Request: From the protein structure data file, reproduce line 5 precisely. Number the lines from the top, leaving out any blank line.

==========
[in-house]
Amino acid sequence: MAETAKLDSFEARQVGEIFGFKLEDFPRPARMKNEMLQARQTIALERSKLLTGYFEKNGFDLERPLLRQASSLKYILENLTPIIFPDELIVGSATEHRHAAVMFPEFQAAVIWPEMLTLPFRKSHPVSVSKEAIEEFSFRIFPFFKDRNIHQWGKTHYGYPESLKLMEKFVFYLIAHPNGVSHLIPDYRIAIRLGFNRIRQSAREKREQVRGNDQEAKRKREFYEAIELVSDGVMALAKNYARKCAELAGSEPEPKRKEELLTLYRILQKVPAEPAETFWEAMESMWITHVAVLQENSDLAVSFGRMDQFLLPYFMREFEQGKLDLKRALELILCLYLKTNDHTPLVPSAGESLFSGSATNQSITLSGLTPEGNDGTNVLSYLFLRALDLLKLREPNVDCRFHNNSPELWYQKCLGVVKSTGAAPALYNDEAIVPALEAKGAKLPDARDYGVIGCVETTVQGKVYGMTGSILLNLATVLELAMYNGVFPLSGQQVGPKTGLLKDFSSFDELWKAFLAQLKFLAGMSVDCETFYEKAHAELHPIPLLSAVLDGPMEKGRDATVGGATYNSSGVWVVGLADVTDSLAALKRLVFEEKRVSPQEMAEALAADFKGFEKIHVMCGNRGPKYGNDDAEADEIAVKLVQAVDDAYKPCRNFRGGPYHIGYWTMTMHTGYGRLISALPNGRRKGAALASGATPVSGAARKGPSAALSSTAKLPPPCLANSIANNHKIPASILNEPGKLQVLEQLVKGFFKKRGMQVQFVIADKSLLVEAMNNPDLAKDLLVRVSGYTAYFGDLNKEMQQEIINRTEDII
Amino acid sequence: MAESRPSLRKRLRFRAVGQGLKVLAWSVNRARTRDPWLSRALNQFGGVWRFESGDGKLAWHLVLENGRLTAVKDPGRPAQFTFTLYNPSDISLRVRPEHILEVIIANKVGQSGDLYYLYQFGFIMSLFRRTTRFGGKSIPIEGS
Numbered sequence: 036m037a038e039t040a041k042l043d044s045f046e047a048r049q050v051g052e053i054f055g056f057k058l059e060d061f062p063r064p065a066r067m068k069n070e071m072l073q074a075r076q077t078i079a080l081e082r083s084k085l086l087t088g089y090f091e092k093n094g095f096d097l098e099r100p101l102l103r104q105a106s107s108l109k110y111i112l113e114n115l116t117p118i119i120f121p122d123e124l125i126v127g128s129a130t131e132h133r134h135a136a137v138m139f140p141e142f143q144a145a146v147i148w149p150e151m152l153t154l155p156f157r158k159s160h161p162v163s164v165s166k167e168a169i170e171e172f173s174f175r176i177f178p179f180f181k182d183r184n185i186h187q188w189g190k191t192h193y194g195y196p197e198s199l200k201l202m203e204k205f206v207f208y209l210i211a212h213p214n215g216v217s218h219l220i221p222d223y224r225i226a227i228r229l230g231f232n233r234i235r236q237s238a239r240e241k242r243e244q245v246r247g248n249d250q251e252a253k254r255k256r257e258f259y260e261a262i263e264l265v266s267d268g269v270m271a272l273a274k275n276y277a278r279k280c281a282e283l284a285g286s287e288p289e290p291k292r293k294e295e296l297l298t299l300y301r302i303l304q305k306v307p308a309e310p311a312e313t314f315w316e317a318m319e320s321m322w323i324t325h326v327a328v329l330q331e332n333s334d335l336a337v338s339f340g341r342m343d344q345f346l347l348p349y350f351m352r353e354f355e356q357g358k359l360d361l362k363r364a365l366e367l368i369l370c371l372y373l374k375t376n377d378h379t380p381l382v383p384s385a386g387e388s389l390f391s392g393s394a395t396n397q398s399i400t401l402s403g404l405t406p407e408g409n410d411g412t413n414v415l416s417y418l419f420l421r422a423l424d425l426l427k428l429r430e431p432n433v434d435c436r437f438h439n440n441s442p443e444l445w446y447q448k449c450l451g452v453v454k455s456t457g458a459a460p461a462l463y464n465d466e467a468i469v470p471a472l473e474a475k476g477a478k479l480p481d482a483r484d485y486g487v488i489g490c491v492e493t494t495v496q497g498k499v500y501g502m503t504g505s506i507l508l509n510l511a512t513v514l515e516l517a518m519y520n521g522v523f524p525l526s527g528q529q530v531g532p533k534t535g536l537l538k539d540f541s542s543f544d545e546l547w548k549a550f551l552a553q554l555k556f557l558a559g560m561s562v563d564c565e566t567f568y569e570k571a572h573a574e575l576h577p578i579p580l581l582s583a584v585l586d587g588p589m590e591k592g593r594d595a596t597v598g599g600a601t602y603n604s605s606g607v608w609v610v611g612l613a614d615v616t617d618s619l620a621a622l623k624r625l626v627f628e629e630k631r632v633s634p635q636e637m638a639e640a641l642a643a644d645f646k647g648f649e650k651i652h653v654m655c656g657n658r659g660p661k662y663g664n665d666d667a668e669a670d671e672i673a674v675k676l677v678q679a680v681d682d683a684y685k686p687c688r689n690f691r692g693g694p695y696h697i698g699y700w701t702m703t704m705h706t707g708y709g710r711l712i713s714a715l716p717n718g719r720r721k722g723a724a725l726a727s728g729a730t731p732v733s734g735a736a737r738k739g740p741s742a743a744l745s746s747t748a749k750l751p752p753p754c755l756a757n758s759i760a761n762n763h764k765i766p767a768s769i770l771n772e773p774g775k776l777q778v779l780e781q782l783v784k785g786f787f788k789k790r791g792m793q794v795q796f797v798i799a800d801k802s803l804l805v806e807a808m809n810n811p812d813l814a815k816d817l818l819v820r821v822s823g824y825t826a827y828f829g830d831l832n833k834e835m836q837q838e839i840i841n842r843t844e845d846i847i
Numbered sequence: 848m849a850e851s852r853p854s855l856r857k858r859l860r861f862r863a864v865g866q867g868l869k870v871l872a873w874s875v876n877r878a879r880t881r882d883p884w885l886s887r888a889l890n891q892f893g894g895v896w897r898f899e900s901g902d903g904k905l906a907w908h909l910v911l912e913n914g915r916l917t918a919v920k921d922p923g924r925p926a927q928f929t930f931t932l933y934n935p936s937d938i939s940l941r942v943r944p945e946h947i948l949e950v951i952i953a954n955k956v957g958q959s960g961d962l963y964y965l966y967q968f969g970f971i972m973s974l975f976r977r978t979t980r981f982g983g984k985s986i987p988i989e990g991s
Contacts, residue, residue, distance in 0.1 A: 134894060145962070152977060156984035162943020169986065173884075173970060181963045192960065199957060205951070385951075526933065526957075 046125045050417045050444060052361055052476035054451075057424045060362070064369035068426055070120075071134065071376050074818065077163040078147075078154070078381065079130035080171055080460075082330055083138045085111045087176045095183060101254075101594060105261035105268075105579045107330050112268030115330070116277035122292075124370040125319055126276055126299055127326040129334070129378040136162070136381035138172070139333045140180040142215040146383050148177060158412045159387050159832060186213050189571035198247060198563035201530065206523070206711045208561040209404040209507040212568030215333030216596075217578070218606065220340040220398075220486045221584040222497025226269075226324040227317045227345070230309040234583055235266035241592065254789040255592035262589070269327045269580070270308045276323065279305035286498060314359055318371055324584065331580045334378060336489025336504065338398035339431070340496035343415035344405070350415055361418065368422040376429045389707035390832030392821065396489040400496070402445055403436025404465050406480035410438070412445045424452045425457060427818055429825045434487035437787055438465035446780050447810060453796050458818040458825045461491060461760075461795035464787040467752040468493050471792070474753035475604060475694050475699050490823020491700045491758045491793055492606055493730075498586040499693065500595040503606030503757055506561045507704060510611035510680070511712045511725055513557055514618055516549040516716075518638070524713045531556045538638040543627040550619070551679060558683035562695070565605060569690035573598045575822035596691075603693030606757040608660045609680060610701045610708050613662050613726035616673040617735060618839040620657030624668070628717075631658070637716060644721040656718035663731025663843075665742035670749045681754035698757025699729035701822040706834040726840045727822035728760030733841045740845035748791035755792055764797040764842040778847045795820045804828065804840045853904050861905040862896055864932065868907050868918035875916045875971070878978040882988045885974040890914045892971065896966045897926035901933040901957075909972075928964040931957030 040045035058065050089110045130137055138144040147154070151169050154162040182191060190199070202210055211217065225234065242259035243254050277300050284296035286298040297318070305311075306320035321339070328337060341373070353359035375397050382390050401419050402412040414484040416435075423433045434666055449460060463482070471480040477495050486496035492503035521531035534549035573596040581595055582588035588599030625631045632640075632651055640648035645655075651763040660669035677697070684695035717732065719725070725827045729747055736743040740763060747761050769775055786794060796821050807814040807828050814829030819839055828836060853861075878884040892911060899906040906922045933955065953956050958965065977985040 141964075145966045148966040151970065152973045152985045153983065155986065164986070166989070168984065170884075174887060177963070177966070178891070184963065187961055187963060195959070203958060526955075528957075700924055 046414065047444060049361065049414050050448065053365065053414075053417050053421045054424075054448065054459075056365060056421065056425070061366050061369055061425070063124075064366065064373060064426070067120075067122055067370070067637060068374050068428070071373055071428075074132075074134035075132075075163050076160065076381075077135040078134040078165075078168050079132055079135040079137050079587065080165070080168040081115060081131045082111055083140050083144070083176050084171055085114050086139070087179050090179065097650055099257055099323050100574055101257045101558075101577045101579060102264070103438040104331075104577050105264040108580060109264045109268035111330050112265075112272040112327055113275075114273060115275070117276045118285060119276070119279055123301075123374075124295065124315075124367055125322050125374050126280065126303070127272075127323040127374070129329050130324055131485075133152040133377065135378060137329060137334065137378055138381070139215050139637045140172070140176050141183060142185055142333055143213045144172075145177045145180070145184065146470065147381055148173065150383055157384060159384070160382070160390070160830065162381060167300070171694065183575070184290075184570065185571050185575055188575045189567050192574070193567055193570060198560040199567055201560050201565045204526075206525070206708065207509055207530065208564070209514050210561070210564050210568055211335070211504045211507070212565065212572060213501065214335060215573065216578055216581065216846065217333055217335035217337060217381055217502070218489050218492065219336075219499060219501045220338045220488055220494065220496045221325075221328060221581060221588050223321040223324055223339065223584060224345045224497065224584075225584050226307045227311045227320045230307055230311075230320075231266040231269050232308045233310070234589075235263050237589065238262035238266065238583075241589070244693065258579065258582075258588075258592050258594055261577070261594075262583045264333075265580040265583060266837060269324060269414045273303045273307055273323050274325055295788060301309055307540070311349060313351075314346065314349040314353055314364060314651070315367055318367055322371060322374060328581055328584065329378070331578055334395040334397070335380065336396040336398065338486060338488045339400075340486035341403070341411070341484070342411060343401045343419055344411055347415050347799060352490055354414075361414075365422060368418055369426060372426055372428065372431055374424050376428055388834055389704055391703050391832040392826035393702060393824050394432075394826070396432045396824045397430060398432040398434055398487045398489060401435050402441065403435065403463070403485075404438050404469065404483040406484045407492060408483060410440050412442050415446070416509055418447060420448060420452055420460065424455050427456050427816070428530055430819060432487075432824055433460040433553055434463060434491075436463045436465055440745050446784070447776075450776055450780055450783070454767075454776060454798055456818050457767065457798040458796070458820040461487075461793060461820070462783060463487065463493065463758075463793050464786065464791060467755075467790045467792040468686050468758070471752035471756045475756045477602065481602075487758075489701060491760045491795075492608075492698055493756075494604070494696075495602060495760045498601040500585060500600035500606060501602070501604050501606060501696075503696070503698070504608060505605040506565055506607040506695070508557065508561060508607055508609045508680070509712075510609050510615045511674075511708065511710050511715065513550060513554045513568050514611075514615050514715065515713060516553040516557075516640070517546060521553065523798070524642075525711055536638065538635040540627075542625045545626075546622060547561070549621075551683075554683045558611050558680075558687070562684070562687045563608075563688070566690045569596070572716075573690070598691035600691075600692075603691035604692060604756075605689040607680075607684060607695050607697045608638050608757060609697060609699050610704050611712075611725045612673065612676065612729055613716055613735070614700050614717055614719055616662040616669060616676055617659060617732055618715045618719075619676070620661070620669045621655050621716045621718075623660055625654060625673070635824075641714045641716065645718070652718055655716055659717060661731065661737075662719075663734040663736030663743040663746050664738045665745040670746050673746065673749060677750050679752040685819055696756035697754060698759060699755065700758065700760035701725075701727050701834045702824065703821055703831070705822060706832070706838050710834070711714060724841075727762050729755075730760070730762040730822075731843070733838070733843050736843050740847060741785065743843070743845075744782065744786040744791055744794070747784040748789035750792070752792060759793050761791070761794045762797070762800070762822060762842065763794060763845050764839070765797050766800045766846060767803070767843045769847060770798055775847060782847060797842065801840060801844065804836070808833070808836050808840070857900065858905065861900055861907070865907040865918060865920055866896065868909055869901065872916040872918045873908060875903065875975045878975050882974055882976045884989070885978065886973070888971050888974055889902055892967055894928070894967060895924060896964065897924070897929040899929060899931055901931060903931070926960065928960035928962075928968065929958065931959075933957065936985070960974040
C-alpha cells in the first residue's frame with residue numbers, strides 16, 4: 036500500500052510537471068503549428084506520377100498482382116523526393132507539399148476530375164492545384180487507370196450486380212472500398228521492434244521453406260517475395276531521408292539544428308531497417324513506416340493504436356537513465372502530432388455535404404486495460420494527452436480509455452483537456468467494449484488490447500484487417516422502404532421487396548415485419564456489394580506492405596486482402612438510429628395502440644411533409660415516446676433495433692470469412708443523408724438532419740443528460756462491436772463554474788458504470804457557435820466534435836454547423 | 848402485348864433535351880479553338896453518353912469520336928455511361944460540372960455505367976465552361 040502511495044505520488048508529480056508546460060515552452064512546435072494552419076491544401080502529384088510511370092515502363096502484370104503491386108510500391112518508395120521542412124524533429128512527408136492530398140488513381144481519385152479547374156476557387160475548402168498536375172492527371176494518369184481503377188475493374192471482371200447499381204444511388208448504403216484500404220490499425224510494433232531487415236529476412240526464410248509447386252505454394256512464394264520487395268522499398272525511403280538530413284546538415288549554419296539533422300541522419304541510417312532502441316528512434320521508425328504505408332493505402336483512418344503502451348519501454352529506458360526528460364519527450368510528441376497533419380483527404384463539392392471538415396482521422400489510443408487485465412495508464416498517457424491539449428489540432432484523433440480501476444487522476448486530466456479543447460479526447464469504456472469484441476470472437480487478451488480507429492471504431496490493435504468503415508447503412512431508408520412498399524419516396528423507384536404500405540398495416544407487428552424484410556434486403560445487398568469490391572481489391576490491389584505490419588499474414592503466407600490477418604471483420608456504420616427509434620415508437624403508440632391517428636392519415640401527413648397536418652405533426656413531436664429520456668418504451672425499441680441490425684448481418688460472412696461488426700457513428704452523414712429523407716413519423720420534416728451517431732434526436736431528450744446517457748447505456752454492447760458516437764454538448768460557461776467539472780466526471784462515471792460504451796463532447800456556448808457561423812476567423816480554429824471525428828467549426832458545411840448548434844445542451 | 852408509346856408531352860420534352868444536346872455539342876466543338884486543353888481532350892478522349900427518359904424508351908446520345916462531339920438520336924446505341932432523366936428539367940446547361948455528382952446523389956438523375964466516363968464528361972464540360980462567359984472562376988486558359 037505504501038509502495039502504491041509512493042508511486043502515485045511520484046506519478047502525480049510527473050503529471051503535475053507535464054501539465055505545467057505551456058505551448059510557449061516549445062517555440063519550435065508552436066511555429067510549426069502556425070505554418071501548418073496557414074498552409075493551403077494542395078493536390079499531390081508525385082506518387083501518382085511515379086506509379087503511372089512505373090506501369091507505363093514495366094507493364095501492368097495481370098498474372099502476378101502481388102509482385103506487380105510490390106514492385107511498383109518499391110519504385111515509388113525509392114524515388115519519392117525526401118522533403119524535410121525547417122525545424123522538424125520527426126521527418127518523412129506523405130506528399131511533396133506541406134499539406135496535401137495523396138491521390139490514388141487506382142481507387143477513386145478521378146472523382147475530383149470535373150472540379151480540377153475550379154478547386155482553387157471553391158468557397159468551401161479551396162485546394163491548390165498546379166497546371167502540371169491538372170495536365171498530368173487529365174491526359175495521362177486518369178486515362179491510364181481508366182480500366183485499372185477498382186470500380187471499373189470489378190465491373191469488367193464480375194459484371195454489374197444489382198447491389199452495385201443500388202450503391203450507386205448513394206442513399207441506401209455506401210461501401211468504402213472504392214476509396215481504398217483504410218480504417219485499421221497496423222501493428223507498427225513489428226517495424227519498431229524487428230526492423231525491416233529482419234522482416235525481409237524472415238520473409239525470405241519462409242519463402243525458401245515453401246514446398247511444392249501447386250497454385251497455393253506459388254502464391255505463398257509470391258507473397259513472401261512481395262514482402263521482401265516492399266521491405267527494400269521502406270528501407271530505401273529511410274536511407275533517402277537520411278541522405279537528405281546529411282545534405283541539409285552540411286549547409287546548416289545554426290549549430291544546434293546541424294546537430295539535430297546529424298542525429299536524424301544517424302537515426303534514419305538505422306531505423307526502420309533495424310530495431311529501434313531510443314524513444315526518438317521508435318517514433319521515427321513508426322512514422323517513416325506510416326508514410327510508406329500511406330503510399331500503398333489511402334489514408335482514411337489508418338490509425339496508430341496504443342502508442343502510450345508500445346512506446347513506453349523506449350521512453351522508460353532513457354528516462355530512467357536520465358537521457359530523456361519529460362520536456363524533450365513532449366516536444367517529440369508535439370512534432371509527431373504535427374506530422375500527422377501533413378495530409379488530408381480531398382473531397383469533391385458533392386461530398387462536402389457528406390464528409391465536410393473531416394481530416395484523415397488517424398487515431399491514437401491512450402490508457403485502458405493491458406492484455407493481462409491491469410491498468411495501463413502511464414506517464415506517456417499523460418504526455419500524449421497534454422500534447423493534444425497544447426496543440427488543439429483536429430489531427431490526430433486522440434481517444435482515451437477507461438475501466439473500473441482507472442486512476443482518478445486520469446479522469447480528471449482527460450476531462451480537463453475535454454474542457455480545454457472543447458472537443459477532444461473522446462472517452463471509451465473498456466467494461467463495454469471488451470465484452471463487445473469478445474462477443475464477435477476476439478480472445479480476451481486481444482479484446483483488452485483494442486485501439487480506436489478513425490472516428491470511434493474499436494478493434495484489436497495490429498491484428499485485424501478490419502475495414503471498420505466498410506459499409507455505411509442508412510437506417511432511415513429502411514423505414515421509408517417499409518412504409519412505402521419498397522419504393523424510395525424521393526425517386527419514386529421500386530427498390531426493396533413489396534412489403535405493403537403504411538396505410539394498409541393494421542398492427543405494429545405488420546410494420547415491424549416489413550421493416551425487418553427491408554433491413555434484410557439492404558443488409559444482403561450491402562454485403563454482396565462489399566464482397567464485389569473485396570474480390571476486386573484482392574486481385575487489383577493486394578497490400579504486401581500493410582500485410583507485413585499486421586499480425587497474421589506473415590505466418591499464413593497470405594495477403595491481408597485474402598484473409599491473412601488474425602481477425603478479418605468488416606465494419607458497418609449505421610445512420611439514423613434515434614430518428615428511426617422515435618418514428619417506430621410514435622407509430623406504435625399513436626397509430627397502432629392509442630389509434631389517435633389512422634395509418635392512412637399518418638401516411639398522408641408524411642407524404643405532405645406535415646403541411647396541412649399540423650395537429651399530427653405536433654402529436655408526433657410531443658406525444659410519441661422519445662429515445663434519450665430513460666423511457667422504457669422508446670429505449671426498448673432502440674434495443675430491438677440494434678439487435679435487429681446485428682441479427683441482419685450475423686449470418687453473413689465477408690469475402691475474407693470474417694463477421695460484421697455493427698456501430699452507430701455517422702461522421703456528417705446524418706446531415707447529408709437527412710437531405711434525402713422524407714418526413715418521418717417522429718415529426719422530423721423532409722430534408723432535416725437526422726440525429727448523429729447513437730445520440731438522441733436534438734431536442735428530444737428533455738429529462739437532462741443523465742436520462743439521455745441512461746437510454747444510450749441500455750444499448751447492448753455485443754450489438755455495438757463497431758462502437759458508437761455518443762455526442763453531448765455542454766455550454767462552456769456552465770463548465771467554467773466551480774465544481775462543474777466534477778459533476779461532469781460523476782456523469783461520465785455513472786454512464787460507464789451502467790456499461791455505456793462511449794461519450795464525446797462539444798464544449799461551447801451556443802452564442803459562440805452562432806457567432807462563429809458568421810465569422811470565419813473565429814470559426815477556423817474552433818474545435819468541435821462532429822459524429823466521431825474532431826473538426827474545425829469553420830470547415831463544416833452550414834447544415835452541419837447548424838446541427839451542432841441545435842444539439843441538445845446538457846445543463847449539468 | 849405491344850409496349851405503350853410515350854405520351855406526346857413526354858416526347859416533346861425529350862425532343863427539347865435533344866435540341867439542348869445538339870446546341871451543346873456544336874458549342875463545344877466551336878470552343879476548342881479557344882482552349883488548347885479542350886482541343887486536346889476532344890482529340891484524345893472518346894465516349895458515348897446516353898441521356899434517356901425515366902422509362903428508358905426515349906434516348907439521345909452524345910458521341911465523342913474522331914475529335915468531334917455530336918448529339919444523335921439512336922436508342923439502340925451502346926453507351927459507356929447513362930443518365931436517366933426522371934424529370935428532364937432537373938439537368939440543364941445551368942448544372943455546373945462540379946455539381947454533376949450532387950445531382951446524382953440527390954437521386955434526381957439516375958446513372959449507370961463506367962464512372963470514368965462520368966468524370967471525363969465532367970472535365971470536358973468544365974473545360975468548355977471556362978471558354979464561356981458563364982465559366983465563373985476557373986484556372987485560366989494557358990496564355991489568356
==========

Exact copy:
Numbered sequence: 848m849a850e851s852r853p854s855l856r857k858r859l860r861f862r863a864v865g866q867g868l869k870v871l872a873w874s875v876n877r878a879r880t881r882d883p884w885l886s887r888a889l890n891q892f893g894g895v896w897r898f899e900s901g902d903g904k905l906a907w908h909l910v911l912e913n914g915r916l917t918a919v920k921d922p923g924r925p926a927q928f929t930f931t932l933y934n935p936s937d938i939s940l941r942v943r944p945e946h947i948l949e950v951i952i953a954n955k956v957g958q959s960g961d962l963y964y965l966y967q968f969g970f971i972m973s974l975f976r977r978t979t980r981f982g983g984k985s986i987p988i989e990g991s